Cutting through Redchurch street isn’t as exciting as it once was, there was a time when it was vital to do so, when you wouldn’t dream of taking another route to Brick Lane for fear of missing something/ Redchurch Street, like her sister, Vyner Street, was once so alive with galleries, with artist-led shows, with a pop up on this corner, a throw up on that. The Shoreditch street is rather depressing now, the very deliberate grey-washing of the walls, the almost arrogant takeover of the expensive designer label shops the soulless Appear Here twist of it all, gentrification where once there was so so much creativity, Redchurch Street is depressing now.
Redchurch Street is depressing now other than that one defiant red door, that last space standing, that bright red beacon that is the open red door of Studio 1.1, We tell you all this by way of explaining that we very nearly missed this one, the fact that nothing much takes us to the once so alive street now, that we actively avoid it, we’re angered by it, that coupled with the fact that we’d seen no publicity about this rather excellent show meant that we very nearly missed it. The show has closed now, apparently it opened back at the end of October, it closed last weekend (we do like to get these bites of coverage up on line while the shows are still happening). We just happened to be cutting through, the red door was open (as it so often is, a gallery that keeps the door open, a sign outside, how refreshing!), let’s have a quick look, oh Lili Spain! Lili Spain’s piece are always interesting….
Lili Spain is an intriguing artist, an exciting artist, here constructions, should we call then constructions? Her assemblage, her joining of things, her grafts, her pieces are always exciting, Lili is sharing the small white-walled space with Sarah Granger-Jones, they clearly work very very well together, it isn’t that clear who has actually created what, it looks exciting, it looks like ritual, it looks like things are about to happen, that things have already happened, hints of many things. Alas there was no time to stick around for the final performance piece of the show, rushing about again, the morning had been spent carefully hanging (never dropping) more of the #365ArtDrop18 pieces around East London, we were hastily cutting through Redchurch Street on our way to an afternoon Sax Ruin performance at Cafe Oto up in Dalston, there;s always somewhere else to be. It looked like something rather exciting was about to happen, pieces ready for another performance of some kind, the work of both artists looked exciting, damn, it looked like it would be worth sticking around for the performance, it was certainly worth dropping in to see the show and the work on the walls, the two on them had used the slightly awkward space so well. A gallery alive, the walls were exciting, the pieces intriguing, intrigue clearly is a key word with both of there artists, intriguing exciting art. Looks like we only just caught the end of a damn fine show, the pieces on the wall looked thrilling, some of it slightly dark, some of it beautiful, some of it clearly needed a lot more of our time, detail to explore, the whole body of work looked so, well, it looked so intriguing, yes, intriguing really was the word – beautifully dark, beautifully intriguing, exciting – always good to encounter the work of Lili Spain and we clearly need to pay more attention to whatever Sarah Granger-Jones may do next., damn, I wish there had been more time, excellent art show, intriguing/ . (sw)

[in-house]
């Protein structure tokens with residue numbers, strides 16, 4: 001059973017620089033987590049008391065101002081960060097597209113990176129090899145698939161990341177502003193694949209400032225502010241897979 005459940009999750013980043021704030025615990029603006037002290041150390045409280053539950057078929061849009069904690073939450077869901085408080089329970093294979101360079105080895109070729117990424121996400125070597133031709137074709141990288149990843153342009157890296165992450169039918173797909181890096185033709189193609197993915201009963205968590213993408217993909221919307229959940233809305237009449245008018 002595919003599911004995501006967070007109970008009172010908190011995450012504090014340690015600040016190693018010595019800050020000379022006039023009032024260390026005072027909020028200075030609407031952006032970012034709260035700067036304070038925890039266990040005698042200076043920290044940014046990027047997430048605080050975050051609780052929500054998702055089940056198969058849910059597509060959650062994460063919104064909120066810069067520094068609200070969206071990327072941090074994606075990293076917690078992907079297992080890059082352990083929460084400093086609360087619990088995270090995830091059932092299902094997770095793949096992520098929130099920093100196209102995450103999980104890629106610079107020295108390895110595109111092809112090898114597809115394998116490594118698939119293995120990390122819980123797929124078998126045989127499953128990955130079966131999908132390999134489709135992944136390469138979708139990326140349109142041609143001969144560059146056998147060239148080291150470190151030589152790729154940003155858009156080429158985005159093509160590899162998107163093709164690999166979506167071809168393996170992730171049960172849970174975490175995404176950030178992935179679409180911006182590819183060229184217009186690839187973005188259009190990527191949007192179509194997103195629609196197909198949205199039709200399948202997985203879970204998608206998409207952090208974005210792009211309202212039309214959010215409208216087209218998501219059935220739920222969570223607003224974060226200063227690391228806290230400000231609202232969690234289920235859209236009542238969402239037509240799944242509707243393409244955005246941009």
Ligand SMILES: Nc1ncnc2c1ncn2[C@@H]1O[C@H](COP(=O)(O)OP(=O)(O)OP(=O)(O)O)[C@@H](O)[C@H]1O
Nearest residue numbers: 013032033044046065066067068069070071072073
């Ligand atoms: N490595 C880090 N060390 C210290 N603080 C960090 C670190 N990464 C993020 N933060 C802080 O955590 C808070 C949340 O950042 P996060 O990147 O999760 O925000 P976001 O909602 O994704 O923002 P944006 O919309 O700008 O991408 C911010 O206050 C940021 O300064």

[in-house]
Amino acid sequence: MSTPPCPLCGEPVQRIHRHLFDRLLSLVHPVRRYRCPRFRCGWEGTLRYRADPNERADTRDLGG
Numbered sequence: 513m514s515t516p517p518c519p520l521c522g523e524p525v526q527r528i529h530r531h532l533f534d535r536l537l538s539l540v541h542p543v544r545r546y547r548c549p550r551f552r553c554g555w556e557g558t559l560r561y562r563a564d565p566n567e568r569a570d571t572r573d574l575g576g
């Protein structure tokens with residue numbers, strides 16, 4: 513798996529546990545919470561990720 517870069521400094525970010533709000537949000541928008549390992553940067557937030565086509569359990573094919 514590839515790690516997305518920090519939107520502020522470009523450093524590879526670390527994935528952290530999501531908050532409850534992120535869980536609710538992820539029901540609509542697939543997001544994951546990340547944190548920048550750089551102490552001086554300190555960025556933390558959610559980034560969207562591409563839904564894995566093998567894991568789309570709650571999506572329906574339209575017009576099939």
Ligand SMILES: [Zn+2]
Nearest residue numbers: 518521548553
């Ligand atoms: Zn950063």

Here’s what the gallery had to say about the show via their website…
The Witching Hour – a time of transition, when things go awry and the uncanny comes out to play. The point between sleeping and waking: when the mind can be tricked, when the vividness of dreams seeps into the conscious world and entwines with the unconscious, making reality seem out of kilter. The artists share an interest in psychoanalysis and the occult. A dualistic shifting unconscious informs their use of cyclical repetition, whereby performative actions and personal ritual bring on transformation, both of objects and self.
The embedded, perceived histories of objects are used to create new mythologies. Domestic everyday objects are brought into the gallery space and used in performances and installations, dislocating their functionality. They become transitional; waiting for circumstance, chance and coincidence to determine their fate. The show will feature new sculptural, installation and 2D works, with a series of live performances in which ritual actions change the space, and new works come into being as the exhibition progresses.
Click on an image to enlarge or to run the slide show..